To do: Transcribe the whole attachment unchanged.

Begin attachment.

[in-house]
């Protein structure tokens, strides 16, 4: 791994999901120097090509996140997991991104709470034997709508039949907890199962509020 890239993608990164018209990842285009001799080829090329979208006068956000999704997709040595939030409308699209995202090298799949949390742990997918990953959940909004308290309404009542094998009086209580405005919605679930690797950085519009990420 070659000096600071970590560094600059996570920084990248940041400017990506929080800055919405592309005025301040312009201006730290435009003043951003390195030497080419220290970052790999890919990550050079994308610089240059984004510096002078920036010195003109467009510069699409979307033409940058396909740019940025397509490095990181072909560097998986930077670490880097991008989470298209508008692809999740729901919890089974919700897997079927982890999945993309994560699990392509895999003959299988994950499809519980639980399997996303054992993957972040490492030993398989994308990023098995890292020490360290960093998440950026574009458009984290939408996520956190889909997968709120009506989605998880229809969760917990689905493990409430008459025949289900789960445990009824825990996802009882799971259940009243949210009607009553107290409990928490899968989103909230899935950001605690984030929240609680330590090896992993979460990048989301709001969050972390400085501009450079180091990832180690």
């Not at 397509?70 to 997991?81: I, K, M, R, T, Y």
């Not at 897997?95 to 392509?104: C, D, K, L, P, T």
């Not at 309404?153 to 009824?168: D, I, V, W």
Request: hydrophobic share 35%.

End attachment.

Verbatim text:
[in-house]
């Protein structure tokens, strides 16, 4: 791994999901120097090509996140997991991104709470034997709508039949907890199962509020 890239993608990164018209990842285009001799080829090329979208006068956000999704997709040595939030409308699209995202090298799949949390742990997918990953959940909004308290309404009542094998009086209580405005919605679930690797950085519009990420 070659000096600071970590560094600059996570920084990248940041400017990506929080800055919405592309005025301040312009201006730290435009003043951003390195030497080419220290970052790999890919990550050079994308610089240059984004510096002078920036010195003109467009510069699409979307033409940058396909740019940025397509490095990181072909560097998986930077670490880097991008989470298209508008692809999740729901919890089974919700897997079927982890999945993309994560699990392509895999003959299988994950499809519980639980399997996303054992993957972040490492030993398989994308990023098995890292020490360290960093998440950026574009458009984290939408996520956190889909997968709120009506989605998880229809969760917990689905493990409430008459025949289900789960445990009824825990996802009882799971259940009243949210009607009553107290409990928490899968989103909230899935950001605690984030929240609680330590090896992993979460990048989301709001969050972390400085501009450079180091990832180690």
């Not at 397509?70 to 997991?81: I, K, M, R, T, Y």
């Not at 897997?95 to 392509?104: C, D, K, L, P, T």
């Not at 309404?153 to 009824?168: D, I, V, W």
Request: hydrophobic share 35%.